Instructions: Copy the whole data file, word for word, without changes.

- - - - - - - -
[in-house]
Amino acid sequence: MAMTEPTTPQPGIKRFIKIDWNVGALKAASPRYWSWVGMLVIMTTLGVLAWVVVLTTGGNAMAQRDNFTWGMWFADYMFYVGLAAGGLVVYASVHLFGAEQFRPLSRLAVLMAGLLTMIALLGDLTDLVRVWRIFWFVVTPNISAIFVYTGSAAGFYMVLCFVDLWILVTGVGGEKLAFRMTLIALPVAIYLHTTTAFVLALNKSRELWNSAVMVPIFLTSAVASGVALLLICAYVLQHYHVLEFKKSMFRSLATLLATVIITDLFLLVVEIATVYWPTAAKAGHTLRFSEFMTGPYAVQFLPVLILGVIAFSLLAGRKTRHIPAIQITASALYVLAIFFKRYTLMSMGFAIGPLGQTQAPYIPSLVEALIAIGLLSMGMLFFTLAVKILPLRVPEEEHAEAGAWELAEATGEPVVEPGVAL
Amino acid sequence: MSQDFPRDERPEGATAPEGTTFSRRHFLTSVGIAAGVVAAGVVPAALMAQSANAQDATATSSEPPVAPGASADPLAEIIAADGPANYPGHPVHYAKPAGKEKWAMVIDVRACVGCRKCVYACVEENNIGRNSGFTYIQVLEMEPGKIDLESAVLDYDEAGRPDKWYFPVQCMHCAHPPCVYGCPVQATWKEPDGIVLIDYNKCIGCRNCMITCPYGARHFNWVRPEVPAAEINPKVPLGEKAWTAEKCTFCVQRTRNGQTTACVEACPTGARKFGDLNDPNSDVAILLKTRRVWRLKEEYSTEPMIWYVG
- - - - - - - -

[in-house]
Amino acid sequence: MAMTEPTTPQPGIKRFIKIDWNVGALKAASPRYWSWVGMLVIMTTLGVLAWVVVLTTGGNAMAQRDNFTWGMWFADYMFYVGLAAGGLVVYASVHLFGAEQFRPLSRLAVLMAGLLTMIALLGDLTDLVRVWRIFWFVVTPNISAIFVYTGSAAGFYMVLCFVDLWILVTGVGGEKLAFRMTLIALPVAIYLHTTTAFVLALNKSRELWNSAVMVPIFLTSAVASGVALLLICAYVLQHYHVLEFKKSMFRSLATLLATVIITDLFLLVVEIATVYWPTAAKAGHTLRFSEFMTGPYAVQFLPVLILGVIAFSLLAGRKTRHIPAIQITASALYVLAIFFKRYTLMSMGFAIGPLGQTQAPYIPSLVEALIAIGLLSMGMLFFTLAVKILPLRVPEEEHAEAGAWELAEATGEPVVEPGVAL
Amino acid sequence: MSQDFPRDERPEGATAPEGTTFSRRHFLTSVGIAAGVVAAGVVPAALMAQSANAQDATATSSEPPVAPGASADPLAEIIAADGPANYPGHPVHYAKPAGKEKWAMVIDVRACVGCRKCVYACVEENNIGRNSGFTYIQVLEMEPGKIDLESAVLDYDEAGRPDKWYFPVQCMHCAHPPCVYGCPVQATWKEPDGIVLIDYNKCIGCRNCMITCPYGARHFNWVRPEVPAAEINPKVPLGEKAWTAEKCTFCVQRTRNGQTTACVEACPTGARKFGDLNDPNSDVAILLKTRRVWRLKEEYSTEPMIWYVG